• Spinal intradural extramedullary mature cystic teratoma in an adult: A rare tumor with review of literature[12]
  • High incidence of neural tube defects in Northern part of India[12]
  • A Prospective Randomized Study Comparing Non-absorb-able Polypropylene' Delayed Absorbable Polyglactin 910 Suture Material in Mass Closure of Vertical Laparotomy Wounds and Bilateral Mirror Image Cervical Neurosurgical in an Adult with Neurotransmitters Type 1[12]
  • Dorsal spinal epidural psammomatous meningioma in an adult male[12]
  • Acquired dorsal intraspinal epidermoid cyst in an adult female[12]
  • Supratentorial haemangioblastoma without von Hippel–Lindau syndrome in an adult: A rare tumor with review of literature[12]
  • Open-heart surgery, A study of 100 clinical cases, which covered 180 open-heart surgeries from January 1970 to June 1973.[13]

References

  1. ^ a b c M.V. Kamath and Rekha Karmarkar (1993). Untold Stories of Doctors and Patients. UBS Publishers Distributors. p. 260. ISBN 978-8185674186. 
  2. ^ "chief of the second unit" (PDF). nic.in. Retrieved 2017-09-25. 
  3. ^ "Dr Sharad Pandey holds a heart during India's first heart transplant". mumbaimirror.indiatimes.com. Retrieved 2017-09-25. 
  4. ^ Petra Seeber (2012). Basics of Blood Management. Wiley-Blackwell. p. 358. ISBN 978-0470670705.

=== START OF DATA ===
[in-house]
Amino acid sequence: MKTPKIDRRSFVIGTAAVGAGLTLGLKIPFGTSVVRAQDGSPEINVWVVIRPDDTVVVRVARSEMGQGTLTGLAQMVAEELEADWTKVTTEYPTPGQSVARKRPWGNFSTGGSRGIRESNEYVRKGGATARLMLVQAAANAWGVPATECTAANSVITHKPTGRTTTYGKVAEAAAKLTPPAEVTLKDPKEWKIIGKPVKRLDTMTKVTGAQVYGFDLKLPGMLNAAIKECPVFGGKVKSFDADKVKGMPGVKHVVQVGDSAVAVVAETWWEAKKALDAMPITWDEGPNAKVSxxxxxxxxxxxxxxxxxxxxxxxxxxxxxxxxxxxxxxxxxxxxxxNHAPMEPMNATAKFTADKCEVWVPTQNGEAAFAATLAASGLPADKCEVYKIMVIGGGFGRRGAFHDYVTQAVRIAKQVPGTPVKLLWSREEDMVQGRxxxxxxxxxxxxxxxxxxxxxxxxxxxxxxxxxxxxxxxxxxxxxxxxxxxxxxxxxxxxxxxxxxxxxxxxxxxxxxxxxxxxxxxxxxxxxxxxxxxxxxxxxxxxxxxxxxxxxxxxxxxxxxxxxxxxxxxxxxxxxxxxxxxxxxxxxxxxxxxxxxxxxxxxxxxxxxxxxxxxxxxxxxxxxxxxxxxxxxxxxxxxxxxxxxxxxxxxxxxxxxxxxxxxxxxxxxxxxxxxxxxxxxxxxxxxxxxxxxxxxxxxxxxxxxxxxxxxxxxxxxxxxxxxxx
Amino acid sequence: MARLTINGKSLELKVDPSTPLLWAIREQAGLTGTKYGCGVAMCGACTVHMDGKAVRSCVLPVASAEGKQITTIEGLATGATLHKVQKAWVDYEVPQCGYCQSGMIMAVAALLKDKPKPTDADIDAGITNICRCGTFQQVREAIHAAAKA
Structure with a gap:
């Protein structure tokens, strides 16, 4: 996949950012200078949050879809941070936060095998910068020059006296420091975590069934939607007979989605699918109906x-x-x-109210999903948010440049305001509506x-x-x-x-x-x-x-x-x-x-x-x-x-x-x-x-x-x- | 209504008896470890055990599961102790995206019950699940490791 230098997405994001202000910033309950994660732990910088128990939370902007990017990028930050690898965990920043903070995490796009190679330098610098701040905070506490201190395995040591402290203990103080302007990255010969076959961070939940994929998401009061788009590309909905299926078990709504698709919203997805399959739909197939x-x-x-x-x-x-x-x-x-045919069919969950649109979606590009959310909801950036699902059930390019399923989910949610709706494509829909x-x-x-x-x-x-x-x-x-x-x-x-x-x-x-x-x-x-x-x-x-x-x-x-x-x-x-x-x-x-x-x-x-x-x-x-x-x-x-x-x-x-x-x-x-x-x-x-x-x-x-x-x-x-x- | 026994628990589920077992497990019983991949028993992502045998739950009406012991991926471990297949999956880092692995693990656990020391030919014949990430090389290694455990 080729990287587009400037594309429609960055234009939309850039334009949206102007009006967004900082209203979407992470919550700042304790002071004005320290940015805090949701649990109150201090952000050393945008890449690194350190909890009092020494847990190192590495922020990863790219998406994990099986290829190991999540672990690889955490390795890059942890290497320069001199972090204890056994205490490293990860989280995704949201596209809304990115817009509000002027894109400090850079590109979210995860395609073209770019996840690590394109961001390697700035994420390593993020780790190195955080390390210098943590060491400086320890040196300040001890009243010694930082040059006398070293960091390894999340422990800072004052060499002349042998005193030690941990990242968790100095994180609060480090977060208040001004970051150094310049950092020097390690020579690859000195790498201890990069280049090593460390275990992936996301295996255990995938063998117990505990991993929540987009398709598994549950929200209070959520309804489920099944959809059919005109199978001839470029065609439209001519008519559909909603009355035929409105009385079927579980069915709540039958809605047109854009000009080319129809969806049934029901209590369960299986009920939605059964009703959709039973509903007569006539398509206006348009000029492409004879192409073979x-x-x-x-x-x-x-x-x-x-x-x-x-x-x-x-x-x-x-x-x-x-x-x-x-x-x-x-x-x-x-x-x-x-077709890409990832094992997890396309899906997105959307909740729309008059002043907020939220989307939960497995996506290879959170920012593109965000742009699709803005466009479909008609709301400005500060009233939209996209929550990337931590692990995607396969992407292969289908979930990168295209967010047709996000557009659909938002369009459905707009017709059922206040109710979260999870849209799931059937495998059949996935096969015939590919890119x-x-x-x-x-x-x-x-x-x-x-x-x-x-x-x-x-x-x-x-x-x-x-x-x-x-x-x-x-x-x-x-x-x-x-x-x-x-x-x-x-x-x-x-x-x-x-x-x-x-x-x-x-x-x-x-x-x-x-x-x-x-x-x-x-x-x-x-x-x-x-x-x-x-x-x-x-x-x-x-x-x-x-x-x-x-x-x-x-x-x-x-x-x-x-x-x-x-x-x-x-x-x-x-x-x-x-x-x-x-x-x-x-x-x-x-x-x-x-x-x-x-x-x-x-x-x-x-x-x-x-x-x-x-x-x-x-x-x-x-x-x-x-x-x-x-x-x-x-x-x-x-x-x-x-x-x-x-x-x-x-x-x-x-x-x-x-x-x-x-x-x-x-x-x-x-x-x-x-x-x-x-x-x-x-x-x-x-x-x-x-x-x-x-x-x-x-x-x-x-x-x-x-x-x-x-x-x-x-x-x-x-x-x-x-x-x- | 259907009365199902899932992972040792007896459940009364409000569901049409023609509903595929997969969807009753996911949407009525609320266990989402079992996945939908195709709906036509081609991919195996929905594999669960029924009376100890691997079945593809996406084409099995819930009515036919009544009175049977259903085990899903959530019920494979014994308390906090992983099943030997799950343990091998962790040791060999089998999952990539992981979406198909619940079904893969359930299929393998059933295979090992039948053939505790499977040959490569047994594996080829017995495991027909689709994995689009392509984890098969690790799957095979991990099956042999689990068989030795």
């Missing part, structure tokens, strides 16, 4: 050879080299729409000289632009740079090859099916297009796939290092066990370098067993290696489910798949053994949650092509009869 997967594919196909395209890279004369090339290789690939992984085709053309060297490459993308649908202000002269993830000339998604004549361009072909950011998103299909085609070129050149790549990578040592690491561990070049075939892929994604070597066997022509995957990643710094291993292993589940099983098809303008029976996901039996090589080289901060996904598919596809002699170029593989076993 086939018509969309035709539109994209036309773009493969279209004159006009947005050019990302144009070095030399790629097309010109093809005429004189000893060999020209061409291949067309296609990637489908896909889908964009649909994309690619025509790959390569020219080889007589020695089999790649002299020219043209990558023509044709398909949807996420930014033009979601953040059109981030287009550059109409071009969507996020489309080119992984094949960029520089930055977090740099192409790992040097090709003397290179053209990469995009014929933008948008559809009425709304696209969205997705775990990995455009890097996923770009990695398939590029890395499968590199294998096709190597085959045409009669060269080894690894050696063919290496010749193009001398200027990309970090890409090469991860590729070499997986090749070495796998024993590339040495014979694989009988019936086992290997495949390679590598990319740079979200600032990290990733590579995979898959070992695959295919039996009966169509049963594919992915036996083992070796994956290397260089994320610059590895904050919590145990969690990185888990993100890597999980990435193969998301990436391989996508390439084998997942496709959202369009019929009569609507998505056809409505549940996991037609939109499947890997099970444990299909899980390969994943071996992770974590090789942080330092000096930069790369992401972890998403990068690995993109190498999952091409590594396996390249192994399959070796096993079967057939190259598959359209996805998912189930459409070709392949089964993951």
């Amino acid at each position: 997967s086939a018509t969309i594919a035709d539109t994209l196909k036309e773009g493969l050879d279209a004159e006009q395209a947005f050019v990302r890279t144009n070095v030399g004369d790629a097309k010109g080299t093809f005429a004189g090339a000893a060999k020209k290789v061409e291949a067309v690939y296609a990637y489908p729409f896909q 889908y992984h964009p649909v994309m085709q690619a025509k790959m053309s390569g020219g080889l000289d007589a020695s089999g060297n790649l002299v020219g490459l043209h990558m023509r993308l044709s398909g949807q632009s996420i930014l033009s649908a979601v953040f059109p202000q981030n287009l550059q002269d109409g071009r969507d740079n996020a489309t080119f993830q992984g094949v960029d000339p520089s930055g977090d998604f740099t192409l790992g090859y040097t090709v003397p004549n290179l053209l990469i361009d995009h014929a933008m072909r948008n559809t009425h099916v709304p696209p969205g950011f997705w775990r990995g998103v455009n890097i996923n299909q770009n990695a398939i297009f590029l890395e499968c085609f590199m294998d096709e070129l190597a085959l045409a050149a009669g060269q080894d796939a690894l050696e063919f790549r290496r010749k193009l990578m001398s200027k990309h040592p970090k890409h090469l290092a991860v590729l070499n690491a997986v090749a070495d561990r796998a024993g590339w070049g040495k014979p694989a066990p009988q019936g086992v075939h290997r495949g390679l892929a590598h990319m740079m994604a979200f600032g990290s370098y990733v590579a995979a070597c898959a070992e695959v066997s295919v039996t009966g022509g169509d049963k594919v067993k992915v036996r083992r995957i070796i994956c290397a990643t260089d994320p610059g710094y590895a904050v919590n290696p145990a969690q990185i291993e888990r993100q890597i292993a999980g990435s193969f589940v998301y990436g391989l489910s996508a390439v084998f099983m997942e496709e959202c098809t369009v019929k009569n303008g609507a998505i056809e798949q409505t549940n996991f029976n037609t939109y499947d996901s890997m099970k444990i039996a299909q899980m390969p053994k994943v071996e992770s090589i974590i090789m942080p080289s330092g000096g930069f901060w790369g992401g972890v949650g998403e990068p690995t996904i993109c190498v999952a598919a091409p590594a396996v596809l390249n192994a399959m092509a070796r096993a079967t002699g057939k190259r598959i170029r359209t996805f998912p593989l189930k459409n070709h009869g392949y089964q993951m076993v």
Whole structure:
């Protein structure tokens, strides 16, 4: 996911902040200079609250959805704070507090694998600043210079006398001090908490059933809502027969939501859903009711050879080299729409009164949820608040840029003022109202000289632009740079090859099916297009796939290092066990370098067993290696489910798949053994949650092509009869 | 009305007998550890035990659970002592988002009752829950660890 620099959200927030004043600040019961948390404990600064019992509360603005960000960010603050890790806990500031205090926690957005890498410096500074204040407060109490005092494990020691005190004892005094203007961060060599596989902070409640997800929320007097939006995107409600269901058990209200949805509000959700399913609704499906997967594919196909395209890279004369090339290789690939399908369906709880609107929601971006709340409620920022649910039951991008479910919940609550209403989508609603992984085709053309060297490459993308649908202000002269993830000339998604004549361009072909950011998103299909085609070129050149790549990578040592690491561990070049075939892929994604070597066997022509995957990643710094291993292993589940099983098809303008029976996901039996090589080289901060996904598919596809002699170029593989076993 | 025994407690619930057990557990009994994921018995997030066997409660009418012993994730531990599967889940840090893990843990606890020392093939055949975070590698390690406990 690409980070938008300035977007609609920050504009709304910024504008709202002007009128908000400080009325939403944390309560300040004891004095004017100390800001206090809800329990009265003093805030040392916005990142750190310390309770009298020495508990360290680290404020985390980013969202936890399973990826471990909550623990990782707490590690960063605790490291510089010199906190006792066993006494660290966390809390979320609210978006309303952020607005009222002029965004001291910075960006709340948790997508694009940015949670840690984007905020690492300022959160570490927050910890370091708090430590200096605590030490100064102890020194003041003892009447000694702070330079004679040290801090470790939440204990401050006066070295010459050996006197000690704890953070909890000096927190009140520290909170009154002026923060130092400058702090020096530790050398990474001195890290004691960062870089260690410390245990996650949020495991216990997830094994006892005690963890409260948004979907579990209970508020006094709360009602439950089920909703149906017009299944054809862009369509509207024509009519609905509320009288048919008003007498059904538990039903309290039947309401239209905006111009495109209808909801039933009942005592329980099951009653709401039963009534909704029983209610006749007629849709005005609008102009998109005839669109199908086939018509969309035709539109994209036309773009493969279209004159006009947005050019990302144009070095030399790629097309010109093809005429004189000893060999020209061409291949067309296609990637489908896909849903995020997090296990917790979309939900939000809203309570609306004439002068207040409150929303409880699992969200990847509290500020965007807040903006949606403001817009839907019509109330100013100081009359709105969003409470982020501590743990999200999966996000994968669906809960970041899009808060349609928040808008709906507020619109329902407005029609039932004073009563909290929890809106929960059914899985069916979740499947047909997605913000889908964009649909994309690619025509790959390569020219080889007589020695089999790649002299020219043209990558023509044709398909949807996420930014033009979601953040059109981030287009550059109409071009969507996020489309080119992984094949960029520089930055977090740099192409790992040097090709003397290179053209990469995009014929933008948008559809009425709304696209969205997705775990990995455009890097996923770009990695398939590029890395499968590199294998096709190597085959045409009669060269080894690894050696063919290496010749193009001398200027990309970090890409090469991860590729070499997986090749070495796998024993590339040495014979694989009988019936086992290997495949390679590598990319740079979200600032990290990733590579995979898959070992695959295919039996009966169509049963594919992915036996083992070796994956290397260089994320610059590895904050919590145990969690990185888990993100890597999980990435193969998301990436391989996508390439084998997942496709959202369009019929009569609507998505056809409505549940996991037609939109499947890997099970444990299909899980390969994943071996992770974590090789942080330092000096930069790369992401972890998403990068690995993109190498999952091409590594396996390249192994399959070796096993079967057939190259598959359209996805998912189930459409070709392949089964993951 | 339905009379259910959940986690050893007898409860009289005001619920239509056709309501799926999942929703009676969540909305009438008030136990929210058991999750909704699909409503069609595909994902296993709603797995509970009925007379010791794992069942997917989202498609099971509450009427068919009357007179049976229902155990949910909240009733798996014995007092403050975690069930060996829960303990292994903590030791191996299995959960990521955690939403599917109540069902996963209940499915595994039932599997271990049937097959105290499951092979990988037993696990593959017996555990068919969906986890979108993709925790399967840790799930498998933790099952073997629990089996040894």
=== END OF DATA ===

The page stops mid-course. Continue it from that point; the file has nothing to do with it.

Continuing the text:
5. ^ James E. Eckenhoff. Bloodless heart surgery in India. Year Book Medical Publishers. ISBN 9780815130390. 
  6. ^ University of California (1986). "Bombay: The City Magazine, Volume 7, Issue 2". Bombay. Living Media India. Retrieved 2017-09-29. 
  7. ^ "Panday shunt" (PDF). medind.nic.in. Retrieved 2017-09-25. 
  8. ^ "heart ward at the Nanavati hospital". expressindia.indianexpress.com. Retrieved 2017-09-25. 
  9. ^ "President of the Indian Association of Cardiovascular-thoracic Surgeons". iacts.org. Retrieved 2017-09-25. 
  10. ^ "Junction was named after him". timesofindia.indiatimes.com. Retrieved 2017-09-25. 
  11. ^ Sharma, Satyavan; Desai, Ajit G.; Pillai, M.G.; Kinare, Suman G.; Panday, Sharad R. (December 1985). "Clinical and diagnostic features of pulmonary valve endocarditis in the setting of congenital cardiac malformations". International Journal of Cardiology. 9 (4): 457–464. doi:10.1016/0167-5273(85)90241-4. 
  12. ^ a b c d e f g h i "Published papers". ncbi.nlm.nih.gov. Retrieved 2017-09-25. 
  13. ^ "A study of 100 clinical cases". Indian Journal of Surgery. Retrieved 2017-09-29.